Sunday, March 24th was an overcast and cold day to be out on the water. Russell was not deterred. Paul Bieker's new design (the Riptide 41;"BLUE") was in the water and Russell was invited to check it out. "BLUE" is one of the most innovative racing sailboats around and sailed almost 23 knots on her very first sail.  { read more about it. }ptwatercraft.comBieker Boats design team of Paul Bieker and Eric Jolley are responsible for designing our PT Skiff, the 18.5ft fuel efficient motor skiff kit, sold by PT Watercraft. The PT Skiff, "Pika", built by J. Brandt in Seattle, was also there to compliment the gathering. ptwatercraft.comWhile on the dock at Shilshole Marina, a wedding party came down the dock and the bride and groom asked for a ride in the PT Skiff. Jan obliged and the smiling couple posed for photos. Russell snapped a few along side the wedding photographer. The PT Skiff has been put to work as a regatta chase boat, a marine research commuter, a phototgrapher's platform and now as a wedding prop!ptwatercraft.comSince we sold our PT Skiff, :( .., we have been using our experimental tornado cat motor boat for any over water commuting. The 'Grasshopper" (as we sometimes refer to it) has many many miles on her 15hp motor. The trip from Port Townsend to Seattle takes about 2 hours and generally uses about 2 gallons of fuel. This boat was designed on the back of an envelope and it is definitely a unique boat. No, there are no plans available.. :)ptwatercraft.comRussell was able to surf a cargo ship's wake for about 10 miles before the intensity of it got to him and he exited the wake. The trip from Port Townsend to Seattle and back, with favorable currents and surfing, used about 3 gallons of gas. This short video does little justice to the fun he was having.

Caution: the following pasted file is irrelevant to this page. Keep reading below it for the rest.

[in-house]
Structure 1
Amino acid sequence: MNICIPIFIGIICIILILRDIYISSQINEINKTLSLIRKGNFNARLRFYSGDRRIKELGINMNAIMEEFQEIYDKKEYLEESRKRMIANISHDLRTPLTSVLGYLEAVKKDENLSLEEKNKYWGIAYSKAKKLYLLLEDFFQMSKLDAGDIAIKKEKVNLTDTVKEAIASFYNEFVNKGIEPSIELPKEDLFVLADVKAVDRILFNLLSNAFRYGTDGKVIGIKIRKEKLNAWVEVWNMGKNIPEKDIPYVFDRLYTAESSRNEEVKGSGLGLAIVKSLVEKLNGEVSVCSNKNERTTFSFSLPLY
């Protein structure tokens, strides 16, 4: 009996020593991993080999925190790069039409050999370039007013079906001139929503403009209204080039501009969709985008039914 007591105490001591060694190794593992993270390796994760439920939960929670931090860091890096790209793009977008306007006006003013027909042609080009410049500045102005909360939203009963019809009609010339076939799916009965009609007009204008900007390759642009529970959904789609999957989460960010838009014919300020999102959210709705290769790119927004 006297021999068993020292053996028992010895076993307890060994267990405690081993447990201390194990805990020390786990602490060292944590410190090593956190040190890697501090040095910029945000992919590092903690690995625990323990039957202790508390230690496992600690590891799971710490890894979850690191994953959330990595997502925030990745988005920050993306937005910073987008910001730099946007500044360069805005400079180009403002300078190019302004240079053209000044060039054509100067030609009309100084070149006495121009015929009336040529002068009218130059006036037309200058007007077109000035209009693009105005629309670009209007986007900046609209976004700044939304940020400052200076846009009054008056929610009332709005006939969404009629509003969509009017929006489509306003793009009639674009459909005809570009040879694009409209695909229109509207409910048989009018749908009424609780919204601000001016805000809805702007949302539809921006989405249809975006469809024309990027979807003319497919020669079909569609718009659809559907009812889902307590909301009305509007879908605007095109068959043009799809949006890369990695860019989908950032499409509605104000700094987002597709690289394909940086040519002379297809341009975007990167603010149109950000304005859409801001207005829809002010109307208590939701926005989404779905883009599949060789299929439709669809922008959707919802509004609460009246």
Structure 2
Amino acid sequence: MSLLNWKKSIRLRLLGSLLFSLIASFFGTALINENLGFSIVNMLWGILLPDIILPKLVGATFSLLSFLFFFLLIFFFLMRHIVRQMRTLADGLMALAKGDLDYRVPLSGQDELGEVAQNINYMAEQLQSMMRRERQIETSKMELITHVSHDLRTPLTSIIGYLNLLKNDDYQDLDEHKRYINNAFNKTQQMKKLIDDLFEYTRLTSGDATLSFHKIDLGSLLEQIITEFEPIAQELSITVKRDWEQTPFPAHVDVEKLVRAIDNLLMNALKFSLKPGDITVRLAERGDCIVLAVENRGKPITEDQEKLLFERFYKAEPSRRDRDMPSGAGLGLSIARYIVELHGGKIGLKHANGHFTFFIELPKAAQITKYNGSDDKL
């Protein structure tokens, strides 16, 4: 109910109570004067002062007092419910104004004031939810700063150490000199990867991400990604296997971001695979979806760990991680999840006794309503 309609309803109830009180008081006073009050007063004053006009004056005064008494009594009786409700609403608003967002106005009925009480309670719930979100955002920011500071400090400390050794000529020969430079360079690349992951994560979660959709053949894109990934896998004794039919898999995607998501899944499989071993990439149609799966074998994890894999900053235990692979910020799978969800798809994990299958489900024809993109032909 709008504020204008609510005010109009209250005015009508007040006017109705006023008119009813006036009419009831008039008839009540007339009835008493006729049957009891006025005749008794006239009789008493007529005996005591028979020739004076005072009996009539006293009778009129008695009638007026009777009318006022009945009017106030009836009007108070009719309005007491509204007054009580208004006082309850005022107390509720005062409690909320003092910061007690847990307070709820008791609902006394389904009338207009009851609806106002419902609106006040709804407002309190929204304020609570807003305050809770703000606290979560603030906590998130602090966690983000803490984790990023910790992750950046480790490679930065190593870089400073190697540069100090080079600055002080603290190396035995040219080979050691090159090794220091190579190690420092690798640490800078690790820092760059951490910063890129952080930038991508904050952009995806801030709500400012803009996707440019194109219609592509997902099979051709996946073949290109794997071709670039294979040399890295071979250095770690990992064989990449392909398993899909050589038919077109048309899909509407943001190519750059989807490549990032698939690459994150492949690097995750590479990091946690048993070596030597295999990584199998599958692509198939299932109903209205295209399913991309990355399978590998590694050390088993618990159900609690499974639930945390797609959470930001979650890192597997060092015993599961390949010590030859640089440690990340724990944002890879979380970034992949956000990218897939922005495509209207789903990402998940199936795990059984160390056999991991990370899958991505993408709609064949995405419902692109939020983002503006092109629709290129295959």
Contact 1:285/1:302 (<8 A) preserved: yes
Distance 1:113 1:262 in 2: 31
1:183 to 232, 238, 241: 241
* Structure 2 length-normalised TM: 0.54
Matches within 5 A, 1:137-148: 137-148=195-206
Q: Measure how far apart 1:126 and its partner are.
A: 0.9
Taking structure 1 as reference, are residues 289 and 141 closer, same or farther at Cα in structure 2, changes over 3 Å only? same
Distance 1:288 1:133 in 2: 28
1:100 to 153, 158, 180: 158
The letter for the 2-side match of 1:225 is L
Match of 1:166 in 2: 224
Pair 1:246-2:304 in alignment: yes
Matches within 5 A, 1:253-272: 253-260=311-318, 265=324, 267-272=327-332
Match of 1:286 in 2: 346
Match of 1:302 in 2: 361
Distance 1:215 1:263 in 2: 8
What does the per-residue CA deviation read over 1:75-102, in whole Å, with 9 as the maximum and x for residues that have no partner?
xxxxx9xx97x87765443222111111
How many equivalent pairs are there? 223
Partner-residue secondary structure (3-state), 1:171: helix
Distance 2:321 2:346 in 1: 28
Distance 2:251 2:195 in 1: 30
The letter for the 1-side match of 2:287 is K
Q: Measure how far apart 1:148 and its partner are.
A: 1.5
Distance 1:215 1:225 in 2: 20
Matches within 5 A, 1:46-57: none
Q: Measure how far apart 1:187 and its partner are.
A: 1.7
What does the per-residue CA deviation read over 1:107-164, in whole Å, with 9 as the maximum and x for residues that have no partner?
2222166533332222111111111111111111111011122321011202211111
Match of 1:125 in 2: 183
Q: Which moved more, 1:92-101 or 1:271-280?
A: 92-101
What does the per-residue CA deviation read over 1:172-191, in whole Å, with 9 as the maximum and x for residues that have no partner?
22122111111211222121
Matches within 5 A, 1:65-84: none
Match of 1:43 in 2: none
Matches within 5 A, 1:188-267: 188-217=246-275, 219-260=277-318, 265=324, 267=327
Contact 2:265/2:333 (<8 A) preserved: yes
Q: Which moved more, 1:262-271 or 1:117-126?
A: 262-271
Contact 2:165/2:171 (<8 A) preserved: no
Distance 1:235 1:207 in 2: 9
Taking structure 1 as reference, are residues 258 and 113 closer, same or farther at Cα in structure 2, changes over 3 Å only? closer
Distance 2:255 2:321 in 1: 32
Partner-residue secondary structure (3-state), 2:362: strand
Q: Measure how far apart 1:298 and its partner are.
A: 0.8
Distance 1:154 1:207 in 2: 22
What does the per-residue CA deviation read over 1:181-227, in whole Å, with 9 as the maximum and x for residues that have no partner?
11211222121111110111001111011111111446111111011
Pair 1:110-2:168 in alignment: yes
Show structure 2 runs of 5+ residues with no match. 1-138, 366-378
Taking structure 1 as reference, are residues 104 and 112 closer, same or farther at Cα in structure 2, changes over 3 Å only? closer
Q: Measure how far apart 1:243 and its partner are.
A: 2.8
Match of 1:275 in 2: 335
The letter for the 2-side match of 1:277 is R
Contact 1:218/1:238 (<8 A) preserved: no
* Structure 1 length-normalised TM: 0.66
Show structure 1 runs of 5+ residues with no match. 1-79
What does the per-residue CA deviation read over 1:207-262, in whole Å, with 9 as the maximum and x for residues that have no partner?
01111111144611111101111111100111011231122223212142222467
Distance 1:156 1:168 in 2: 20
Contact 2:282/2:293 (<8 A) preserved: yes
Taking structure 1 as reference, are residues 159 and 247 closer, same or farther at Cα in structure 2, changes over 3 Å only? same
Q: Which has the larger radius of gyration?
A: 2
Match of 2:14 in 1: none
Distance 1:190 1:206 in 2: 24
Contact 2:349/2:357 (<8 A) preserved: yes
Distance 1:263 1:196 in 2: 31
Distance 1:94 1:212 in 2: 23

This article was written a while ago and somehow lost on my computer. When a recent wooden boat discussion showed up about flotation in boats, an intense search prompted by Russell's certainty that I had written on the subject, turned up the 'untitled', and thus, 'lost', document. So here it is.

The USCG’s “Pool of Truth”
Testing the PT SKIFF  (Ashlyn E. Brown)

In June of 2010, Russell and I embarked on a cross country road trip. We would not have done this except for 2 compelling reasons: an invitation to the Woodenboat Show in Mystic, CT and the chance to have the PT Skiff tested by the USCG.

The USCG has regulations for various classes of boats, and contrary to common belief, kit boat companies have the responsibility of providing a product that, built as designed, will pass federal requirements.